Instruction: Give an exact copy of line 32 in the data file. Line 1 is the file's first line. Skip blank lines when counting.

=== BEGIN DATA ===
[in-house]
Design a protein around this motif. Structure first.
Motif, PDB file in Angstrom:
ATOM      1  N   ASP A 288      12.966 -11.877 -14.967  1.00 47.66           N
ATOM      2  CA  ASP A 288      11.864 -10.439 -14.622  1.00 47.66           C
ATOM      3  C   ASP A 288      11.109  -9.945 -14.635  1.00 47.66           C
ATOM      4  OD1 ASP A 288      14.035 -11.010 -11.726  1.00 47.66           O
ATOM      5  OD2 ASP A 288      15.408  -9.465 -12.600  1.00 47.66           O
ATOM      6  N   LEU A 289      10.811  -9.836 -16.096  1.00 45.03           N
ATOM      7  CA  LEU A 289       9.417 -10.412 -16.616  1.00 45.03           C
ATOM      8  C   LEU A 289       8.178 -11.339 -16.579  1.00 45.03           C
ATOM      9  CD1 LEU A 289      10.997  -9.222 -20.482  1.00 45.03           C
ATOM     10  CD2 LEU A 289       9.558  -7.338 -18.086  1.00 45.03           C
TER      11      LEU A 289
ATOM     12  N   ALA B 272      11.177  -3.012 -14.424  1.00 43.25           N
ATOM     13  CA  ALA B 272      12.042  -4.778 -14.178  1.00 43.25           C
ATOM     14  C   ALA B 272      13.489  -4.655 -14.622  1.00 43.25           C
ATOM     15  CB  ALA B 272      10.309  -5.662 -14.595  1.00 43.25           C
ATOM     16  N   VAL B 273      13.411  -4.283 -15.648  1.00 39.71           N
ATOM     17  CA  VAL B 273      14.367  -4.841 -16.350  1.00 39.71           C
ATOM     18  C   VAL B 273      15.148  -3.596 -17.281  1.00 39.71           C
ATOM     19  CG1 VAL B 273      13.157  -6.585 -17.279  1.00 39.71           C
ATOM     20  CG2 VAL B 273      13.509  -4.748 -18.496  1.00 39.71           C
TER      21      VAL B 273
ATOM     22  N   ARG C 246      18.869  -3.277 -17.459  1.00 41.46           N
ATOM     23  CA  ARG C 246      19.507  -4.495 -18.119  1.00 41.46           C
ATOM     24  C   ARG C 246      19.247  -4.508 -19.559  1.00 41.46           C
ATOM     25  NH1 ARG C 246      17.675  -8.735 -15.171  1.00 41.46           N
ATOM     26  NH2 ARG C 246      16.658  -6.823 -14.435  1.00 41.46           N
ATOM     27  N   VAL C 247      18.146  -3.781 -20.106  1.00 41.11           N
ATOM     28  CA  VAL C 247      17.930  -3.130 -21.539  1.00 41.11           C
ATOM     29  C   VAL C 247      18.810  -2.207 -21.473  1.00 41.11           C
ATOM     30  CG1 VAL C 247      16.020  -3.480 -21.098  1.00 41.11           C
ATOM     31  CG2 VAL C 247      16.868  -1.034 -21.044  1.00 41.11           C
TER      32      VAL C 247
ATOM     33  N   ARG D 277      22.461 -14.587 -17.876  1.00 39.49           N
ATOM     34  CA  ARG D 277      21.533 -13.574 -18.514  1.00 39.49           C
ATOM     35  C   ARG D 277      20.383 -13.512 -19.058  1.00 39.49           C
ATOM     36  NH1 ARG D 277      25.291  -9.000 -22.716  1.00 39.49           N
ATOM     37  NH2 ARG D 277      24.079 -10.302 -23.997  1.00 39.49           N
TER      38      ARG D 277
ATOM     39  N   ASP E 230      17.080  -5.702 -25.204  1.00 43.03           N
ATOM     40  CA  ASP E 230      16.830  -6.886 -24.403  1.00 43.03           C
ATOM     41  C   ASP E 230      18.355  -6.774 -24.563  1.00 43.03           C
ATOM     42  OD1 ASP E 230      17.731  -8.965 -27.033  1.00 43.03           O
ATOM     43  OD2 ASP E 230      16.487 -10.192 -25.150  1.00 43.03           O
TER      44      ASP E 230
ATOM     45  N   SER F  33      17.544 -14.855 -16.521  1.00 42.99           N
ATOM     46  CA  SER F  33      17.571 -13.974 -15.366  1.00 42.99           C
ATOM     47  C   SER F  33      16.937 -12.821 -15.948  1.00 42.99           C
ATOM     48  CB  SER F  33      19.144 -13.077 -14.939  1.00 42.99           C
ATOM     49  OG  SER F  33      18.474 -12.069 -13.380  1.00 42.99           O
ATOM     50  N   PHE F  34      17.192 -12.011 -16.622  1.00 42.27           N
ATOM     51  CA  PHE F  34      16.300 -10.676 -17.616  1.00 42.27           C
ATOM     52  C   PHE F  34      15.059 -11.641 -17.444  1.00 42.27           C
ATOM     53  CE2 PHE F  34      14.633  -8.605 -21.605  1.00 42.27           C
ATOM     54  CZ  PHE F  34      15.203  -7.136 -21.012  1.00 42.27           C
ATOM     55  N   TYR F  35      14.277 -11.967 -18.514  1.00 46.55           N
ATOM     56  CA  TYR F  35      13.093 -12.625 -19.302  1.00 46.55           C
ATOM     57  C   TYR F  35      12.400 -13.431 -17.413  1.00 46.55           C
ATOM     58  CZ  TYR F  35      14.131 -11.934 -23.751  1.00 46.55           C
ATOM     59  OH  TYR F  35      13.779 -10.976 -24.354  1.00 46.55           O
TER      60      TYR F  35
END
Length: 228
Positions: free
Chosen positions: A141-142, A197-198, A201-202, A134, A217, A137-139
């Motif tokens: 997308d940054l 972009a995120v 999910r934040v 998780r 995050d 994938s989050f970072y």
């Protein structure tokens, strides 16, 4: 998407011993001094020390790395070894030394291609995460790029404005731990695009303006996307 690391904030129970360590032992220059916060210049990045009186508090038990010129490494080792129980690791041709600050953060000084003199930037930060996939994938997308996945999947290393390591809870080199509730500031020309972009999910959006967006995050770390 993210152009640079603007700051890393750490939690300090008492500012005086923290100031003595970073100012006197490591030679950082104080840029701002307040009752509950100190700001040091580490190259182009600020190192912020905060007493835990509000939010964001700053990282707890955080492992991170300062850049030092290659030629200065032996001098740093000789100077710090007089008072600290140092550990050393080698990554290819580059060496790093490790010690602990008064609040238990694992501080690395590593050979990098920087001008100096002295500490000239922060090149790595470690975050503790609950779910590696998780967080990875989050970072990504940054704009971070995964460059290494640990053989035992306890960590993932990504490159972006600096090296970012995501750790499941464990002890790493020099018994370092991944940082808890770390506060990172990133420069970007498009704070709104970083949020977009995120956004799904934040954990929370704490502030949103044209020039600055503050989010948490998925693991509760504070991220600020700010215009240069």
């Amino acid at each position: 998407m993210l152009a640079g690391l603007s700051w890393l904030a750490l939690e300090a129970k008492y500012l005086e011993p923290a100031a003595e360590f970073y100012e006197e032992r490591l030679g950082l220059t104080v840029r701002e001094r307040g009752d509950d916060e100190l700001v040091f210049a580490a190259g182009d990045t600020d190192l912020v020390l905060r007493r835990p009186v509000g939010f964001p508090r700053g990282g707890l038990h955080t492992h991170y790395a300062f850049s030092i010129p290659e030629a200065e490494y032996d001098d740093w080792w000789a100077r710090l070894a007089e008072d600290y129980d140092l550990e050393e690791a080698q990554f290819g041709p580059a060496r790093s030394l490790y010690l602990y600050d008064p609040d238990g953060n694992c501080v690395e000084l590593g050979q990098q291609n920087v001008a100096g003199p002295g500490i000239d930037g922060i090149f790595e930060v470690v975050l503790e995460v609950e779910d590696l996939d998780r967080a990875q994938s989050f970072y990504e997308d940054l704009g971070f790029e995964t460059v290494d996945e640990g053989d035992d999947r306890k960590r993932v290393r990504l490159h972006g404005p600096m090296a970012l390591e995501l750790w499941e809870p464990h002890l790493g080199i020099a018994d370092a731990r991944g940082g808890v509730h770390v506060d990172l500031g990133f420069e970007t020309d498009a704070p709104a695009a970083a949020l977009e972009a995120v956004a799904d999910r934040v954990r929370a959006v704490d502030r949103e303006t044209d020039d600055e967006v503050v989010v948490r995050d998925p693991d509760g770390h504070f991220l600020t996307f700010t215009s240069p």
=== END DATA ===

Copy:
ATOM     29  C   VAL C 247      18.810  -2.207 -21.473  1.00 41.11           C